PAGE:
It was hard to get up at 4 o’clock Thursday morning to catch my 7.35 flight, but the excitement of going to Senegal gave me strength and energy. At the airport I met with two other Kenyan bloggers, Nancie Mwai and Mandi Sarro, who were travelling with me to attend the first Festival of African Bloggers and YouTubers (FABY) in Dakar. After a 10 hour KQ flight via Abidjan we finally reached Dakar and checked into Hotel Le Virage. I loved my beautiful room with a stunning view of the Atlantic Ocean, and after a refreshing shower we were ready to go out in the city for supper at a local restaurant. I was keen to try a local delicacy, and the locals recommended poulet yassa. I loved it so much that I ate it once every day for the entire stay.
But we were tired after the long flight and opted to go to bed quite early.
I had a chance to put my little French to some practical use the next day. At noon, we were taken on a city tour which also included a get-together with some of the local Senegalese bloggers at the Memorial Place (Place du Souvenir), which is a beautiful cultural site commemorating the history of the African people and their heroes. An awesome location dedicated to African unity, and obviously a perfect place for the Festival. Group photo shoot and lunch by the sea before being dropped at the hotel to glam up for the evening with the opening gala of the Festival and a wonderful get-together cocktail and media interviews. The opening presentations Saturday morning were neither boring nor repetitive, or at least none of us felt this way since we were all being thrown into a fantastic experience of communication and sharing experiences about what we love and do every day. The sessions were conducted in the form of panel discussions in a number of different rooms according to the specific topic, and each was lead by a blogger with real knowledge in that area such as IT, education, humor, cooking, beauty etc. All rooms had translators to facilitate the discussions and the learning process, and like all the others, I went around from session to session looking for where there was something for me to learn. Most of us had a chance to make our views heard, and I for one was given the floor to speak about how to start a blog – or how I went about it three years ago, when I first launched my site as a DIY blog for baby clothes. I had quite a few questions from the participants in my session – surprisingly mainly from Senegalese male bloggers. What I really loved about this afternoon were the encounters at the beautiful grounds of the Memorial Place with some pretty influential bloggers from Africa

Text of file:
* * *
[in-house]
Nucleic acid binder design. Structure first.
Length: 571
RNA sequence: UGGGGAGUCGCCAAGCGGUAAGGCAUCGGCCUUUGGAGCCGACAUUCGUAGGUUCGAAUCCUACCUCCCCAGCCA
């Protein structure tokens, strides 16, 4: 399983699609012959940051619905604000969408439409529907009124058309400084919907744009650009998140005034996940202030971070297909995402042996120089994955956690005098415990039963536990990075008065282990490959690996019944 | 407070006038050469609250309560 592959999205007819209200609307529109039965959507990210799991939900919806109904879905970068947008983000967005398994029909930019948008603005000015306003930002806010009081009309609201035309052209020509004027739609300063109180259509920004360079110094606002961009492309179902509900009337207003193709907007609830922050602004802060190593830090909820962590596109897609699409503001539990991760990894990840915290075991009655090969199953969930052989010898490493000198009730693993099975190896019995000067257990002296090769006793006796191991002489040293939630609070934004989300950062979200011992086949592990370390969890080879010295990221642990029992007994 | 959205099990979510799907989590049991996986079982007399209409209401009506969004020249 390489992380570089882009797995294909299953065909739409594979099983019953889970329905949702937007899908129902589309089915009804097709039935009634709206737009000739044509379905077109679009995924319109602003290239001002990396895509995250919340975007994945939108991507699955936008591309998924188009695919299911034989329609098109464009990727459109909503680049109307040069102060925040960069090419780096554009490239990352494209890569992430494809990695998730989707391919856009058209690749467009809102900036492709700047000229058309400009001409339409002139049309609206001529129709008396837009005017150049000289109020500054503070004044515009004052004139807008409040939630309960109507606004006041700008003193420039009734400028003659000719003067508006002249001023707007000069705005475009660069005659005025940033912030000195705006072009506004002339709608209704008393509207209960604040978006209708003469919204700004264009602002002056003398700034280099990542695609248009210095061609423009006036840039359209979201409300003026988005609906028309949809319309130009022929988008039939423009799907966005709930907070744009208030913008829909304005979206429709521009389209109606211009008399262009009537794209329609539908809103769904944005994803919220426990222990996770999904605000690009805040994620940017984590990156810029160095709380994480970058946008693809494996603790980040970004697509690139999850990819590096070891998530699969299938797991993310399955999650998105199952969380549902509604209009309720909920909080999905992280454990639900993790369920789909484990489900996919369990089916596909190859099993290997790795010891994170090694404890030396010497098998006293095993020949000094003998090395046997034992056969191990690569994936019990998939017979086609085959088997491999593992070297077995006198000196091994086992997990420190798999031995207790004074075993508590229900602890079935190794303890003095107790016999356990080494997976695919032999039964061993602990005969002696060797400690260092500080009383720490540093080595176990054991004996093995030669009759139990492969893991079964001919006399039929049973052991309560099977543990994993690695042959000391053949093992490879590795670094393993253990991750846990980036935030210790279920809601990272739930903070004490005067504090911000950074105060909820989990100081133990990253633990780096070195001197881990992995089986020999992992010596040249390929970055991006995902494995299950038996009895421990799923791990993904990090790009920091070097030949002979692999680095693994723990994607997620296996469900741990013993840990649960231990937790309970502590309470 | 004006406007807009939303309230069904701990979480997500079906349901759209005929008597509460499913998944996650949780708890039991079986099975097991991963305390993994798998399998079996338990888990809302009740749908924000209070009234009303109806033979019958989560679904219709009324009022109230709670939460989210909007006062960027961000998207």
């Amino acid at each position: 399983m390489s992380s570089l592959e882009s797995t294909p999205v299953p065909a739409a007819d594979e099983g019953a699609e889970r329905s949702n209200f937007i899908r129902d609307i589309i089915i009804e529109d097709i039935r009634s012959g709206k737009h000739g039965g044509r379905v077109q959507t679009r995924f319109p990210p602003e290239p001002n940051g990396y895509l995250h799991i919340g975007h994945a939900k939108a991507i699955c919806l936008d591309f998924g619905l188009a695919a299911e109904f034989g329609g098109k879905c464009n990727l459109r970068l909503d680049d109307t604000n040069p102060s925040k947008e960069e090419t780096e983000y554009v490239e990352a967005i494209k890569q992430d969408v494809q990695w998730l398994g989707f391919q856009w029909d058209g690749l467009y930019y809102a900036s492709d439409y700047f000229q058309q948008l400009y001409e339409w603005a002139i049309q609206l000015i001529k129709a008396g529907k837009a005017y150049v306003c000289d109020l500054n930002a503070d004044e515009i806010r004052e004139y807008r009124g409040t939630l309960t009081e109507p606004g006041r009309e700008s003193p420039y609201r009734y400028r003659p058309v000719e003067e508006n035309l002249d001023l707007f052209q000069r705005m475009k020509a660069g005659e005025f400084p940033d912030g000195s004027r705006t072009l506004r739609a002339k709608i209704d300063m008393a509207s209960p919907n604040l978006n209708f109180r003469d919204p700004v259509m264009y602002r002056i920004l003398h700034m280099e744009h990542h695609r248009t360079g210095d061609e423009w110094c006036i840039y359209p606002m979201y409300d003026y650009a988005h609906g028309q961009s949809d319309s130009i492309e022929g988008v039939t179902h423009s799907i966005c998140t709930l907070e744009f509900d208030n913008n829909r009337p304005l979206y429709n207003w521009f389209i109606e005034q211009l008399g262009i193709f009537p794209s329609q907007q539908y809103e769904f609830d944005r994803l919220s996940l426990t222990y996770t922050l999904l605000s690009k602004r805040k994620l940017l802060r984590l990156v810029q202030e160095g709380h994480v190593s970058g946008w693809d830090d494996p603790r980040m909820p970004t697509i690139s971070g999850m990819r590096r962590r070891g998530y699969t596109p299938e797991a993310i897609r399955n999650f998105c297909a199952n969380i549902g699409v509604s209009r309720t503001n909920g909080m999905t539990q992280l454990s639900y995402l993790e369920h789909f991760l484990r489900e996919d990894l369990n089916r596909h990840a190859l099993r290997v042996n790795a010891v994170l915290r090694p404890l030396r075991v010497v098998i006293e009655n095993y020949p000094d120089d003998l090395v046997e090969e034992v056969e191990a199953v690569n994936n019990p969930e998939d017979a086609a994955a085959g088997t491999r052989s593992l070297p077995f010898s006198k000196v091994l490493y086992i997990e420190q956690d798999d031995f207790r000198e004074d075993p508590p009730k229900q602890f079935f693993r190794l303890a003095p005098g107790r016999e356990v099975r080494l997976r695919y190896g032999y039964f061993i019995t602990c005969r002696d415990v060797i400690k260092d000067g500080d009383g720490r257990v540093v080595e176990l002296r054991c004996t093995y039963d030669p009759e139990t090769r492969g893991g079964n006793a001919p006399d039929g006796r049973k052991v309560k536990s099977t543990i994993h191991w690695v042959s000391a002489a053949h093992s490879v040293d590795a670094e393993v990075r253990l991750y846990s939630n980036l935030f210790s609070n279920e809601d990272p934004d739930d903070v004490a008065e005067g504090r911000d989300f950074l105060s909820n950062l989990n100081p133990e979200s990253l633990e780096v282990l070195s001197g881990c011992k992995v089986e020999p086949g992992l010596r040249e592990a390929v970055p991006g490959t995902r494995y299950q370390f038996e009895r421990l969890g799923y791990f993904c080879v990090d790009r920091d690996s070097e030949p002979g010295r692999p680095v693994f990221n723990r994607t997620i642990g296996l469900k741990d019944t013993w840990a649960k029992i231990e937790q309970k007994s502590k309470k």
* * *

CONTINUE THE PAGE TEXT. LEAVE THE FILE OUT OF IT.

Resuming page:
On this day, the main event sponsors Cocacola also threw a fun cocktail for us. We drank a lot of soda (!) , ate a lot of fun bitings, danced and listened to the inspiring Coca-cola story in Africa. Sunday was my day to shine. I got up a little bit too late to fully enjoy my yummy breakfast but then was thrown into a whirl wind of more blogging presentations at the Memorial Place, where I was responsible for the animation (as they call it in French) of a session on hair, beauty and fashion blogging. I also got interviewed for a French radio station, the orange Telcom network and by local bloggers.On Monday morning, me , Nancie, a Nigerian and an Algerian blogger set out to see the local market Sandaga, in order to get a feel of the town and shop a little bit. The markets are well organised and not crowded. At times, we felt that they might have overpriced some pieces for us, and it was nice to have a local with us, to translate and bargain for us. It was with a bitter-sweet feeling that already later that Monday I had to leave Dakar where I have had such an amazing time meeting fellow bloggers from all over the African continent – both francophone and Anglophone. Looking back at my few but very intensive days, I realize that apart from learning a lot about blogging and what has worked for others, the event was mainly about mingling with like-minded persons, realizing that in spite of our language barriers and our different cultural backgrounds we have so much in common, having the same challenges, being at the forefront of building a blogosphere here in Africa and sharing the same obstacles as well as successes as we all try to grow to make our voices heard more widely in this digital age.
I congratulate FABY on this successful and very enjoyable event and hope that over the months to come we may continue and deepen our collaboration. Follow more on this event here #LEFABY2016
and Check out my Dakar Travel Vlog to get a better feel of this experience.